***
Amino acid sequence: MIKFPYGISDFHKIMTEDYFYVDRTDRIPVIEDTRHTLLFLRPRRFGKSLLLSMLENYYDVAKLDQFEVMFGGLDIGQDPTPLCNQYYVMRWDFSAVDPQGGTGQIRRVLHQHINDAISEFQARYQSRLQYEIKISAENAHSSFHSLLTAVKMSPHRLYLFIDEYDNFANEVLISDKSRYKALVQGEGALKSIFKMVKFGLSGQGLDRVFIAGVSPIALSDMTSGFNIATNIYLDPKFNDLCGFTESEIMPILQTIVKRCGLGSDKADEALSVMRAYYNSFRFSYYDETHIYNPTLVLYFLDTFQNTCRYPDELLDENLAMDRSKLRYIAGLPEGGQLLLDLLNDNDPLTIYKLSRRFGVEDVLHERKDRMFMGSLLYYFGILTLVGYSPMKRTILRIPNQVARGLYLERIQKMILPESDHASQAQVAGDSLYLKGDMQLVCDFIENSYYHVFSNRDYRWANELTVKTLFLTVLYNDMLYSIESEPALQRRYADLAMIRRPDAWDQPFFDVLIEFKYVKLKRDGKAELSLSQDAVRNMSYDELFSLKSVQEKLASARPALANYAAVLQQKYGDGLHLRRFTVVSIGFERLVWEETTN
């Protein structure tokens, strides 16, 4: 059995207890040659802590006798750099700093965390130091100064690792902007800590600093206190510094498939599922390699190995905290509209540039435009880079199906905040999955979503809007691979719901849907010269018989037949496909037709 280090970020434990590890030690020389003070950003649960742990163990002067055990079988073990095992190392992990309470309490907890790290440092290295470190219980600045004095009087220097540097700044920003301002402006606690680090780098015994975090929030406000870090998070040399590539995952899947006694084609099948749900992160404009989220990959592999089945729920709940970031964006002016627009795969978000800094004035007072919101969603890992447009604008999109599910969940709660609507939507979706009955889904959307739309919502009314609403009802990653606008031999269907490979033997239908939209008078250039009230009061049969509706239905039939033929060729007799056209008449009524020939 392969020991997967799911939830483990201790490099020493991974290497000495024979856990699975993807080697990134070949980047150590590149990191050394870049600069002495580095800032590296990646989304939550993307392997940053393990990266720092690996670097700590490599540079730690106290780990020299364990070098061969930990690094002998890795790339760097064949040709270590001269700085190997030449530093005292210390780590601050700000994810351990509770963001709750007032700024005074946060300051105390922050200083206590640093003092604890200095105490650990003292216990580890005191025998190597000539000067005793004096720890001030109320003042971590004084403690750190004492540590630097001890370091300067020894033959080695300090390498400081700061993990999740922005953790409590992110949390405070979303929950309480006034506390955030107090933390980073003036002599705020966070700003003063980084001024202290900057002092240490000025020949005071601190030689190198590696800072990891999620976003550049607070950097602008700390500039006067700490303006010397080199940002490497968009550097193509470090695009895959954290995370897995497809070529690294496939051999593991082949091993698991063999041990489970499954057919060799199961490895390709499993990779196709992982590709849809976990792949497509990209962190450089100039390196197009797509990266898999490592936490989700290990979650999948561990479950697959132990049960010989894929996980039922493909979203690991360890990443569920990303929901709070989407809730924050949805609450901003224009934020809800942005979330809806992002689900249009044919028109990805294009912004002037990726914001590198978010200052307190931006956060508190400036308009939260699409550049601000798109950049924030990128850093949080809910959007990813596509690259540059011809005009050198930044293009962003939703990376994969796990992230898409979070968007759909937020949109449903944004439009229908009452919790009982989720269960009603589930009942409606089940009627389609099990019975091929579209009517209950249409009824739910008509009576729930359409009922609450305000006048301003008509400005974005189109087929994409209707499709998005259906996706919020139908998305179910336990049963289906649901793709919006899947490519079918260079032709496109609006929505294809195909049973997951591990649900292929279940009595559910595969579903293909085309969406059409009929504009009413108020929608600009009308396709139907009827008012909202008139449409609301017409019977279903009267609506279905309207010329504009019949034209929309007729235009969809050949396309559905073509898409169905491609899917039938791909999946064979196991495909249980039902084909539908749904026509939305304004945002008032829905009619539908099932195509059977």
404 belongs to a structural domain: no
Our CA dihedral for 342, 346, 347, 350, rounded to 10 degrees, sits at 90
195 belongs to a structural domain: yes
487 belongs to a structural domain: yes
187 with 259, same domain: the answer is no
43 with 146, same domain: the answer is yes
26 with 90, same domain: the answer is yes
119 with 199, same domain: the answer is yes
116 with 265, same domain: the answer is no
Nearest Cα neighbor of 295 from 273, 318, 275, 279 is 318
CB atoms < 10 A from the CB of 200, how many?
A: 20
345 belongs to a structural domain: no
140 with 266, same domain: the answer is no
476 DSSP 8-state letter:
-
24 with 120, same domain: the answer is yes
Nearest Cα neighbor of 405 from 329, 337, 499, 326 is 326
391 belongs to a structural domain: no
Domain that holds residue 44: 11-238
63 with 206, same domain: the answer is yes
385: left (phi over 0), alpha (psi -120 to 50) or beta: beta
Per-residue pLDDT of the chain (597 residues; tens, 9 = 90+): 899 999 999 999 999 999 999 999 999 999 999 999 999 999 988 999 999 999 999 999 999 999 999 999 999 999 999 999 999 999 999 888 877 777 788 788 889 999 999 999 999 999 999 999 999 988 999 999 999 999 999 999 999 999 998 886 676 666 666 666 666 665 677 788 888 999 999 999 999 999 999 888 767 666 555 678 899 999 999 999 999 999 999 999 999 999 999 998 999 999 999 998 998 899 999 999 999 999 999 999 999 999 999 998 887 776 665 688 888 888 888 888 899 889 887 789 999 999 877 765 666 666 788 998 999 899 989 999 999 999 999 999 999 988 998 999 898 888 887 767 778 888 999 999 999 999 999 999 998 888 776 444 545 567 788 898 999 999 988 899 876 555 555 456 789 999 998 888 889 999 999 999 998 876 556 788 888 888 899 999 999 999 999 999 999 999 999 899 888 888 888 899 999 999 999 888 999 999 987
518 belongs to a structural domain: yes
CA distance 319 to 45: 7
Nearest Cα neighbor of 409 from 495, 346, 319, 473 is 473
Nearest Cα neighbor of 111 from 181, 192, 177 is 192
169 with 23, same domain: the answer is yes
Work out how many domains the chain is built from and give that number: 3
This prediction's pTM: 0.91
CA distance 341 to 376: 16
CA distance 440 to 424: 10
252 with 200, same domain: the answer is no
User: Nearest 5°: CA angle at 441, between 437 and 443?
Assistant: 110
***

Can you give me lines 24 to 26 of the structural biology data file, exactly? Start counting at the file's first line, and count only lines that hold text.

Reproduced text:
385: left (phi over 0), alpha (psi -120 to 50) or beta: beta
Per-residue pLDDT of the chain (597 residues; tens, 9 = 90+): 899 999 999 999 999 999 999 999 999 999 999 999 999 999 988 999 999 999 999 999 999 999 999 999 999 999 999 999 999 999 999 888 877 777 788 788 889 999 999 999 999 999 999 999 999 988 999 999 999 999 999 999 999 999 998 886 676 666 666 666 666 665 677 788 888 999 999 999 999 999 999 888 767 666 555 678 899 999 999 999 999 999 999 999 999 999 999 998 999 999 999 998 998 899 999 999 999 999 999 999 999 999 999 998 887 776 665 688 888 888 888 888 899 889 887 789 999 999 877 765 666 666 788 998 999 899 989 999 999 999 999 999 999 988 998 999 898 888 887 767 778 888 999 999 999 999 999 999 998 888 776 444 545 567 788 898 999 999 988 899 876 555 555 456 789 999 998 888 889 999 999 999 998 876 556 788 888 888 899 999 999 999 999 999 999 999 999 899 888 888 888 899 999 999 999 888 999 999 987
518 belongs to a structural domain: yes